1998)
  • Analysis of their content according to three
    views
  • law
  • research
  • person being a research subject
  • Comments and proposals

From de la Dorie, 1998 and Cambon-Thomsen de la
Dorie, 1999
14
Results the 9 criteria of the French law on
protection of biomedical research participants
15
Conclusion
  • Consents
  • Often do not completely fulfill the law
    requirements
  • Some issues are poorly addressed outcome of
    sample, feed back of results, opinion of a minor,
    exchanges, non profit or for profit use
  • Law requirements must not hide true ethical
    issues and do not prevent debates on sensitive
    issues
  • There is an heterogeneity between research ethics
    committees even within one country
  • When becoming objects of research human beings
    remain free subjects.

16
A.I Informed Consent The Framework
  • Examples from North America

17
Historical position
  • No individual, specific consent ? no research
  • Yes individual, specific consent ? yes research
  • Not accounted for
  • - relevance of genetic data beyond the
    individual
  • - effect on the family/community
  • - public consultation? (a)
  • - long-term relevance of genetic data
  • - waiver of consent? (b)
  • - broad/blanket consent? (c)
  • - re-consent? (d)

18
Tri-Council Policy Statement Ethical Conduct
for Research Involving Humans, Canada, 1998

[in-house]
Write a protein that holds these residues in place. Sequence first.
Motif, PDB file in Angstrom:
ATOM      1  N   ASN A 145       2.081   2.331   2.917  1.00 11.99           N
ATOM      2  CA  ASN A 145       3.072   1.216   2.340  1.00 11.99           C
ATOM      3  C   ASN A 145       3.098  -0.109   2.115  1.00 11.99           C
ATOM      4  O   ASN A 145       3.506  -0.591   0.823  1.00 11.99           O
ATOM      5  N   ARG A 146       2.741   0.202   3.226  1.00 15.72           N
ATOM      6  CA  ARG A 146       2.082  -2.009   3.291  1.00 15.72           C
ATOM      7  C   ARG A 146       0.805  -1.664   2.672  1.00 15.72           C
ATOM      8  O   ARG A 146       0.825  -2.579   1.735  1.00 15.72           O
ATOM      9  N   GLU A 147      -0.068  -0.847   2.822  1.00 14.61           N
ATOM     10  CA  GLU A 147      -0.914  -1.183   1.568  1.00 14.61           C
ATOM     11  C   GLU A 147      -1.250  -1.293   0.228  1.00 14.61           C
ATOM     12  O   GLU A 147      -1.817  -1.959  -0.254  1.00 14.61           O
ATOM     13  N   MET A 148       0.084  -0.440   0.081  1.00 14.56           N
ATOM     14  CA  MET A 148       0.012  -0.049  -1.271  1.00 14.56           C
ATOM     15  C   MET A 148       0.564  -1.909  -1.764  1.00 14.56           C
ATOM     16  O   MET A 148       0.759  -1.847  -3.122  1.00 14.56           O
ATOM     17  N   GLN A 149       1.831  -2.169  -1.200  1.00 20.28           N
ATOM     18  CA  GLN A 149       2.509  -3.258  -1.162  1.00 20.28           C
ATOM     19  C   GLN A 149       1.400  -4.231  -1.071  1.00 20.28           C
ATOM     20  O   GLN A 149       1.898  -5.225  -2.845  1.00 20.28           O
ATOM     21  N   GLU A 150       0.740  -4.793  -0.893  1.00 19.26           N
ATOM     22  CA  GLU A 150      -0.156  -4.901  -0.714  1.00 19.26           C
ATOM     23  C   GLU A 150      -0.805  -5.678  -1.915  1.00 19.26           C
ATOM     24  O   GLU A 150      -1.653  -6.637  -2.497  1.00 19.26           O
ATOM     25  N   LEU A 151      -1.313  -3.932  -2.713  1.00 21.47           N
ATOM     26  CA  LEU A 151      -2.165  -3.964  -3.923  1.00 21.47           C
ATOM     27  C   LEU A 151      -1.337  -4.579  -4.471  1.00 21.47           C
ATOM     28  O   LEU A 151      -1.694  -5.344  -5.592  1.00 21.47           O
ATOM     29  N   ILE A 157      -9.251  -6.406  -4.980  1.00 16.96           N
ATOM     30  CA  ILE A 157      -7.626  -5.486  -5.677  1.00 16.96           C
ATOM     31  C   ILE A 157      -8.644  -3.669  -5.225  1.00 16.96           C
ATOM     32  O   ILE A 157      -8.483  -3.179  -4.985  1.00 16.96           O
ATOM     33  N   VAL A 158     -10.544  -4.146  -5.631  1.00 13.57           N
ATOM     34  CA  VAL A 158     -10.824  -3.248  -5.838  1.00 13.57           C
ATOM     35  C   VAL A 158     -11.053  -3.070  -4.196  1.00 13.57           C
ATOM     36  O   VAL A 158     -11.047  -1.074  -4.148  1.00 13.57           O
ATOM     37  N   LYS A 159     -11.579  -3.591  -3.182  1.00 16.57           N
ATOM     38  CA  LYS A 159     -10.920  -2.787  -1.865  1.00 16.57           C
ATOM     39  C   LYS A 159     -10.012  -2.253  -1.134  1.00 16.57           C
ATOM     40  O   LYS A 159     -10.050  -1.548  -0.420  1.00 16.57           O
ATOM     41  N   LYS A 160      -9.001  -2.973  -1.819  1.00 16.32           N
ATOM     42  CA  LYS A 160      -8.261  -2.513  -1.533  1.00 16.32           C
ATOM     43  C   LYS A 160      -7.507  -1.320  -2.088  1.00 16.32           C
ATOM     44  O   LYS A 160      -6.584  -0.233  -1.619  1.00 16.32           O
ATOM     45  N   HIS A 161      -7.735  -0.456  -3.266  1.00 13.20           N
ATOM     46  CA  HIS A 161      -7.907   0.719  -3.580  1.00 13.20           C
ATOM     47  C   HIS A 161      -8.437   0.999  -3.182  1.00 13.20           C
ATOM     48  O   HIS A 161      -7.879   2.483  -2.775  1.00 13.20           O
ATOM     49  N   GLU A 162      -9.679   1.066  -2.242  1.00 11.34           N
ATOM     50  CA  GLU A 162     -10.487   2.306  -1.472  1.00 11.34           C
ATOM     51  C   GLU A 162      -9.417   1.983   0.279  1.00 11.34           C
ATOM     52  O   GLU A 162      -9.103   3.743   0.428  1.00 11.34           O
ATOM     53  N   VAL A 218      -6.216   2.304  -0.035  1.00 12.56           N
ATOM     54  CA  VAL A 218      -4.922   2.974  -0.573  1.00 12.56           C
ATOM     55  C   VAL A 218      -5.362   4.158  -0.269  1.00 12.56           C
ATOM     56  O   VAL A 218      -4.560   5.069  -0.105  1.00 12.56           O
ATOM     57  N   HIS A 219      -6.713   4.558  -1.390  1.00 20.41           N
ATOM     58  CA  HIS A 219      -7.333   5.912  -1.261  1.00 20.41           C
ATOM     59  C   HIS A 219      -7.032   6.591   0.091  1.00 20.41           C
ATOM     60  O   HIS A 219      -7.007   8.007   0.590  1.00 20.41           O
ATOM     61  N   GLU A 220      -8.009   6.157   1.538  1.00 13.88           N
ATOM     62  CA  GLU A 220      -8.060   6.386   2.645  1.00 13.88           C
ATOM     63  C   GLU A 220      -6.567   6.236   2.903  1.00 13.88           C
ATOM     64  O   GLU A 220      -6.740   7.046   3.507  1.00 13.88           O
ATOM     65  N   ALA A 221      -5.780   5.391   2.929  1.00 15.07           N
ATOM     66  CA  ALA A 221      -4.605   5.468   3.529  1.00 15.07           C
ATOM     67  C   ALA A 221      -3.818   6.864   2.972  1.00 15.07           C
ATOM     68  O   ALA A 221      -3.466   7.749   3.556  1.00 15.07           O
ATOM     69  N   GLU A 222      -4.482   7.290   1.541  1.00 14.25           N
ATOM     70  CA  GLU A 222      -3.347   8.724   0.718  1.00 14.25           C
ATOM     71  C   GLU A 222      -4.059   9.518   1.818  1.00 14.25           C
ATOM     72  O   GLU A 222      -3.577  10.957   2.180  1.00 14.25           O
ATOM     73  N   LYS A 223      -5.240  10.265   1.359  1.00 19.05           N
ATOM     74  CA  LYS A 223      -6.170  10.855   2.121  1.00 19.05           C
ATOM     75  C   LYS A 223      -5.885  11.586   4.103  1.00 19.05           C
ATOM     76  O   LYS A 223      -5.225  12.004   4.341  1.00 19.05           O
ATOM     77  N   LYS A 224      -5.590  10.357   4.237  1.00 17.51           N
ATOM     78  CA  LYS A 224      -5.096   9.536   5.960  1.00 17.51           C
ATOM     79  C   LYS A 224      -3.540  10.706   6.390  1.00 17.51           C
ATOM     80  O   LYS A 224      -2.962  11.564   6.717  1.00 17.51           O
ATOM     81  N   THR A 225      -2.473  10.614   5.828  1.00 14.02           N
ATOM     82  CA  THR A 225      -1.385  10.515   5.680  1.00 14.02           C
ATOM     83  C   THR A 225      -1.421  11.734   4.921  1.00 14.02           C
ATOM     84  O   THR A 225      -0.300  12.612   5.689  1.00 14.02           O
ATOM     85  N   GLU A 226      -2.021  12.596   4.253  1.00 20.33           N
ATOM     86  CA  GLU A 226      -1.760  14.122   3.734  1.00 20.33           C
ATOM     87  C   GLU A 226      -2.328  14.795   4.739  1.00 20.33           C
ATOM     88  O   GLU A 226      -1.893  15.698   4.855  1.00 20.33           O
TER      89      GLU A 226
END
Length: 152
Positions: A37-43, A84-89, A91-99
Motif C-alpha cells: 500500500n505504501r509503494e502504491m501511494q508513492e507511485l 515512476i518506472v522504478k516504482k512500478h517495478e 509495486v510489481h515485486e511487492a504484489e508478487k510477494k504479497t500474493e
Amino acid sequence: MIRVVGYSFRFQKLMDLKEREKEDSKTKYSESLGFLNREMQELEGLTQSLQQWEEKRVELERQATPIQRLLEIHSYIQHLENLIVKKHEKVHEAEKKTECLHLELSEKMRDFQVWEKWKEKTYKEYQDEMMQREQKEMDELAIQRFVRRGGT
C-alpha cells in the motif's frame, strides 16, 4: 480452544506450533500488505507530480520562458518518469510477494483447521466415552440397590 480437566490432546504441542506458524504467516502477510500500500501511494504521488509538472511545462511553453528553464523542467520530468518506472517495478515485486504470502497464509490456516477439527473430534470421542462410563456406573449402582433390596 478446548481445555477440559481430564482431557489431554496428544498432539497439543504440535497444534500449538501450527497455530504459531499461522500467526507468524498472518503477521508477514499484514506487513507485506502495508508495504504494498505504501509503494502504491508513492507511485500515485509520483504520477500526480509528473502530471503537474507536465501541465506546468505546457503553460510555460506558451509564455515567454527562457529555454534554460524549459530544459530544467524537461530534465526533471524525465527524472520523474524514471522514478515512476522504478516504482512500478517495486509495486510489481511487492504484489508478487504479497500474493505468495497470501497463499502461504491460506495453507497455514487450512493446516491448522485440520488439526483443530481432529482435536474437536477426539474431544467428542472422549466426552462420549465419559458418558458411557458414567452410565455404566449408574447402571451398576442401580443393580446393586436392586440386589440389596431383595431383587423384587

• Broadening possibilities of consent
  • - provision of a number of options on consent
    form
  • a) use of the material only in the present
    study
  • b) use restricted to the condition or
  • c) other clearly specified uses
  • - specifying arrangements to maintain contact
    with the subject regarding future uses

19
(a) Public consultation
  • Needed to
  • Achieve transparency
  • Ensure acceptance of the project
  • Address publics concerns
  • Not consent per se however, strong opposition
    could jeopardize project
  • Before and during commencement of the project

20
Public consultation
  • Respecting the principles of reciprocity and
    accountability requires that research on a given
    population be based upon open dialogue between
    the population and the research team. A guiding
    mechanism for population genetic research is
    prior and ongoing public consultation.
  • Statement of Principles on the Ethical Conduct of
    Human Genetic Research Involving Populations,
    RMGA, Jan 2003, art. 1.

21
Public consultation
  • research on identifiable community ? community
    consultation
  • minimize harm for the community.
  • substantial opposition within the community ?
    investigators should not conduct the study.
  • support of community ? still obtain individual
    consent in the usual manner
  • E-2.079 Safeguards in the Use of DNA Databanks in
    Genomic Research, American Medical Association,
    June 2002, art. (2).

22
(b) Waiver of consent
  • Consent requirements can be waived if
  • the research involves no more than minimal risk
    to the subjects,
  • the waiver will not adversely affect the rights
    and welfare of the subjects,
  • the research could not practicably be carried out
    without the waiver, and
  • whenever appropriate, the subjects will be
    provided with additional pertinent information
    after participation
  • NBAC (1999) p.66 See also AMA (2003) TCPS
    (1998)

23
Relationship between level of identifiability of
data and waiver
  • In NBACs judgment, where the research uses
    identified or coded samples from previously
    collected specimens, such uses usually are not
    justified without the sources consent, because
    the risks to sources and others may be more than